It was bound to happen that the Human Terrain System would come with its own body count. A few weeks ago a social scientist embedded with a military unit was killed in Afghanistan, marking the first death. Today there is news of a second: Nicole Suveges, killed in a bombing in Sadr City, Baghdad, on Tuesday. Suveges was a political science PhD student at Johns Hopkins, specializing in International Relations. She was employed by BAE Systems, a defense contractor that manages the HTS. Her husband, is an explosives expert with the U.S. army, stationed in Afghanistan. A second HTS researcher was badly wounded in the same attack, but has survived.
When the first press reports of the bombing came out, indicating the deaths of civilians working for the U.S. government, I wondered whether a HTS researcher would be among them. Just today I went back to visit the HTS website, and noticed that the “In Memoriam” menu item is at the top — had it been at the bottom, the program would have been accused of being cold or callous, and yet placing it at the top should stand as a stark reminder of the real dangers that this program poses for those who join it. BAE Systems, in the meantime, continues to use announcements of these deaths to offer promotional sales pitches of its earnings and activities.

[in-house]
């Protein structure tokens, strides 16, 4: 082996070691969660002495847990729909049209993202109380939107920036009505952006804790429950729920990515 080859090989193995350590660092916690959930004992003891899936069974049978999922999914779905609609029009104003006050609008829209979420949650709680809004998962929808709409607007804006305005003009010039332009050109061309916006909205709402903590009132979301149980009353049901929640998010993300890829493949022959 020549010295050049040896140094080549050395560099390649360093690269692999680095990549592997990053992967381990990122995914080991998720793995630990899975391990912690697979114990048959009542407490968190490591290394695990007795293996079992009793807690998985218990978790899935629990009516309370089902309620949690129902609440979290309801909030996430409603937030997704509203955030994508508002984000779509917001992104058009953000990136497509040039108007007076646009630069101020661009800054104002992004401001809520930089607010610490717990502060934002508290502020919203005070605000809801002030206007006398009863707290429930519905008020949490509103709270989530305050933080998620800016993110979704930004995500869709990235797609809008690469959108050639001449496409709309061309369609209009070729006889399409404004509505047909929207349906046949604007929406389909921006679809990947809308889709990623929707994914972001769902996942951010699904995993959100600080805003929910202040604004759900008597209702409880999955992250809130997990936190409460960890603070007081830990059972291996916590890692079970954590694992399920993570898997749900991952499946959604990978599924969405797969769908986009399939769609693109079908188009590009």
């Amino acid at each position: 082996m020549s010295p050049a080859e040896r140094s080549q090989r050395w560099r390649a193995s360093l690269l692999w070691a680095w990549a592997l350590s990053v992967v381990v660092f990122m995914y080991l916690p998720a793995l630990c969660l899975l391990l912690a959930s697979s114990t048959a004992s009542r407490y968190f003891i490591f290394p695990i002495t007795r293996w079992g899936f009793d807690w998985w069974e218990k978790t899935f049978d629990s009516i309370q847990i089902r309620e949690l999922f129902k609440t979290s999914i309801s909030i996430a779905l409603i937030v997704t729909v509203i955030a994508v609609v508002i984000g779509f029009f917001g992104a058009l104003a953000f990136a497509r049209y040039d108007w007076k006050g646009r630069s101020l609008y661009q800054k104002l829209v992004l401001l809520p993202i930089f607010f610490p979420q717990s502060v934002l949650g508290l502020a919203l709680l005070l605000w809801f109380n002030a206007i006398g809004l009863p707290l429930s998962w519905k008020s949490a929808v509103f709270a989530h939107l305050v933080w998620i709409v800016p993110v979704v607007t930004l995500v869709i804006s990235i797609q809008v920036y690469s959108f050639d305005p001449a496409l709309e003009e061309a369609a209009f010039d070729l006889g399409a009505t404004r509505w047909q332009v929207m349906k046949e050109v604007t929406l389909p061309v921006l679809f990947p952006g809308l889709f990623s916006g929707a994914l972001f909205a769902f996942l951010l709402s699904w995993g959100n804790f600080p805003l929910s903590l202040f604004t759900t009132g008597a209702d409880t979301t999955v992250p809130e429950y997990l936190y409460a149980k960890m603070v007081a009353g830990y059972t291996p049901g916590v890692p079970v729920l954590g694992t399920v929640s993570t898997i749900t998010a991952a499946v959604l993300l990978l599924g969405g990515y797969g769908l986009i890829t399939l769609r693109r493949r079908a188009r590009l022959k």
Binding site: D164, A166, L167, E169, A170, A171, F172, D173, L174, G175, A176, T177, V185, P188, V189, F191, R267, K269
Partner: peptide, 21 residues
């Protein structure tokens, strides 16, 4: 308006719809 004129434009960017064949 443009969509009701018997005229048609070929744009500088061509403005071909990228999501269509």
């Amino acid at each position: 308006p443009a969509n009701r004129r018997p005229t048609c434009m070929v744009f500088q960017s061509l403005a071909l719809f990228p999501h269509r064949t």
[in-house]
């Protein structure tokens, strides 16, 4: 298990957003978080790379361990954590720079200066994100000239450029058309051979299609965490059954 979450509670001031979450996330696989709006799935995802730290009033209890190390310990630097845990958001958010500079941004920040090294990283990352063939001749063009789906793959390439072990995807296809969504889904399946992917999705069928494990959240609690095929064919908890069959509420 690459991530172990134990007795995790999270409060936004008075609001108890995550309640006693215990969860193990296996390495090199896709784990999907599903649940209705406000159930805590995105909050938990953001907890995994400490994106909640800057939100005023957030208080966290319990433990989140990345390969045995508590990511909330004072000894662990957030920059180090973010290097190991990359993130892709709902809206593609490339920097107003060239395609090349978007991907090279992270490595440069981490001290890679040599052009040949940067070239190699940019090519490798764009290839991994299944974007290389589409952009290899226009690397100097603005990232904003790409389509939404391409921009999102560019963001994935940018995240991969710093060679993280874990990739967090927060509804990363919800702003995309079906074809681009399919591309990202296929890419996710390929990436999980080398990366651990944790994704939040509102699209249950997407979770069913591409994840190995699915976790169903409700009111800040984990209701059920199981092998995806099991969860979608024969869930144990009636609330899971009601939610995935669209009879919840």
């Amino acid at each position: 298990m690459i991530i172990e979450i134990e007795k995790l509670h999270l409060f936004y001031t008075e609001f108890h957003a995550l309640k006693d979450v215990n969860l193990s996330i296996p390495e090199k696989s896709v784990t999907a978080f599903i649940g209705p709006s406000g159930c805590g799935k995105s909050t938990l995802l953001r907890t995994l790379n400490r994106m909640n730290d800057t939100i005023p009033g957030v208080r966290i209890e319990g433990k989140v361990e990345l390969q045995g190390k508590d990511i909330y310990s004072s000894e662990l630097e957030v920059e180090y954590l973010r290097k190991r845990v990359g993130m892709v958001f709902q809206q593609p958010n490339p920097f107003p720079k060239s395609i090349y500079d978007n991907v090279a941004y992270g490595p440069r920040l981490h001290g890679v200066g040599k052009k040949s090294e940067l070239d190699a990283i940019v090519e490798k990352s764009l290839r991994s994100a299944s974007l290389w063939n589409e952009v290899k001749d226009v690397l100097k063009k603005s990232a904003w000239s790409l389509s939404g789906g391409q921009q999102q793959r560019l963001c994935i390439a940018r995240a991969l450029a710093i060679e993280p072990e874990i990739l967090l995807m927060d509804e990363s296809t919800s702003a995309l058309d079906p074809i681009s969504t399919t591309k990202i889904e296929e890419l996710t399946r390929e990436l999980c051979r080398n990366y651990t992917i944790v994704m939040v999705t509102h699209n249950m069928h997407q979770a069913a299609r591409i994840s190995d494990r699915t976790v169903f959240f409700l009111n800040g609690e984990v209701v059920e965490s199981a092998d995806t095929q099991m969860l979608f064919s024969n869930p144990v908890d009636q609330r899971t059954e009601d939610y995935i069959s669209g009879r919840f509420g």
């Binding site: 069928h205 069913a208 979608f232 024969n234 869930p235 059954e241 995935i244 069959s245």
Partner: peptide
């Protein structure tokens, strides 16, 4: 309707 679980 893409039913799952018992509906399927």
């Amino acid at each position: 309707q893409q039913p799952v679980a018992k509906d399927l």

You can read more about this news at: Wired’s Danger Room and a press release from BAE Systems.
Update: Additional Links
A north suburban woman was killed in a bombing in Iraq this week
ABC News local
Former Mundelein woman killed in Iraq
Daily Herald, Russel Lissau, June 25, 2008
American Graduate Student Dies in Iraq, in a 2nd Loss for Army’s ‘Human Terrain’ Program
The Chronicle of Higher Education, David Glenn, June 25, 2008
In Memoriam: Nicole Suveges
Human Terrain System